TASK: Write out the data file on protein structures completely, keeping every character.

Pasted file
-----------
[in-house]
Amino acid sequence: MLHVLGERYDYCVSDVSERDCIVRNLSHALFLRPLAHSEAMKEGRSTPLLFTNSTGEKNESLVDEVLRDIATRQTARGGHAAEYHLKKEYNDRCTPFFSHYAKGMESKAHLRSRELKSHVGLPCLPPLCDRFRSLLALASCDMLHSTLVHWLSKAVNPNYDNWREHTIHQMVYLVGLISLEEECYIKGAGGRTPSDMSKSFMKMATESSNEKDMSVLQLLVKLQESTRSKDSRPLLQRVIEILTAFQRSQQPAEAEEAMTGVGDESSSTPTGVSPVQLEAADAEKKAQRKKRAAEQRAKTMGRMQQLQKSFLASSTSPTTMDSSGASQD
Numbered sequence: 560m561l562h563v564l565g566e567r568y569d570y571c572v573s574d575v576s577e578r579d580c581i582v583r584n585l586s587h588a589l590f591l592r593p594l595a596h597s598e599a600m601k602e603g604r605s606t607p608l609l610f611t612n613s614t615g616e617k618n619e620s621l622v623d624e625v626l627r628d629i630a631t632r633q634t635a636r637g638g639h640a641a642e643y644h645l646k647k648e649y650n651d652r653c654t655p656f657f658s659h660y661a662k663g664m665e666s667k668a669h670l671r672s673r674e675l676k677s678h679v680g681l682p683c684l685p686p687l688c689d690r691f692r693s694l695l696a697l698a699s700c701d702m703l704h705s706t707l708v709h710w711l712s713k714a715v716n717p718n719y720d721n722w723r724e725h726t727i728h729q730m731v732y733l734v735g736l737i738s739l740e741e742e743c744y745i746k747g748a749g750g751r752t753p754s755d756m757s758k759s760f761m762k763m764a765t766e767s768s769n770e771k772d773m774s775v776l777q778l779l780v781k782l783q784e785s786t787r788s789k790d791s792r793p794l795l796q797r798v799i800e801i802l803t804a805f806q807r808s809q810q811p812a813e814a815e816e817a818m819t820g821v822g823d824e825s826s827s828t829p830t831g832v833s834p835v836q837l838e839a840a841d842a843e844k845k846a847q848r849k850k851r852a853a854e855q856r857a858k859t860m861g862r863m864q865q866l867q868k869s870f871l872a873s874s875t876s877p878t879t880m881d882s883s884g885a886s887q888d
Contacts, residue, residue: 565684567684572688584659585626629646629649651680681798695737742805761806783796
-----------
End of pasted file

[in-house]
Amino acid sequence: MLHVLGERYDYCVSDVSERDCIVRNLSHALFLRPLAHSEAMKEGRSTPLLFTNSTGEKNESLVDEVLRDIATRQTARGGHAAEYHLKKEYNDRCTPFFSHYAKGMESKAHLRSRELKSHVGLPCLPPLCDRFRSLLALASCDMLHSTLVHWLSKAVNPNYDNWREHTIHQMVYLVGLISLEEECYIKGAGGRTPSDMSKSFMKMATESSNEKDMSVLQLLVKLQESTRSKDSRPLLQRVIEILTAFQRSQQPAEAEEAMTGVGDESSSTPTGVSPVQLEAADAEKKAQRKKRAAEQRAKTMGRMQQLQKSFLASSTSPTTMDSSGASQD
Numbered sequence: 560m561l562h563v564l565g566e567r568y569d570y571c572v573s574d575v576s577e578r579d580c581i582v583r584n585l586s587h588a589l590f591l592r593p594l595a596h597s598e599a600m601k602e603g604r605s606t607p608l609l610f611t612n613s614t615g616e617k618n619e620s621l622v623d624e625v626l627r628d629i630a631t632r633q634t635a636r637g638g639h640a641a642e643y644h645l646k647k648e649y650n651d652r653c654t655p656f657f658s659h660y661a662k663g664m665e666s667k668a669h670l671r672s673r674e675l676k677s678h679v680g681l682p683c684l685p686p687l688c689d690r691f692r693s694l695l696a697l698a699s700c701d702m703l704h705s706t707l708v709h710w711l712s713k714a715v716n717p718n719y720d721n722w723r724e725h726t727i728h729q730m731v732y733l734v735g736l737i738s739l740e741e742e743c744y745i746k747g748a749g750g751r752t753p754s755d756m757s758k759s760f761m762k763m764a765t766e767s768s769n770e771k772d773m774s775v776l777q778l779l780v781k782l783q784e785s786t787r788s789k790d791s792r793p794l795l796q797r798v799i800e801i802l803t804a805f806q807r808s809q810q811p812a813e814a815e816e817a818m819t820g821v822g823d824e825s826s827s828t829p830t831g832v833s834p835v836q837l838e839a840a841d842a843e844k845k846a847q848r849k850k851r852a853a854e855q856r857a858k859t860m861g862r863m864q865q866l867q868k869s870f871l872a873s874s875t876s877p878t879t880m881d882s883s884g885a886s887q888d
Contacts, residue, residue: 565684567684572688584659585626629646629649651680681798695737742805761806783796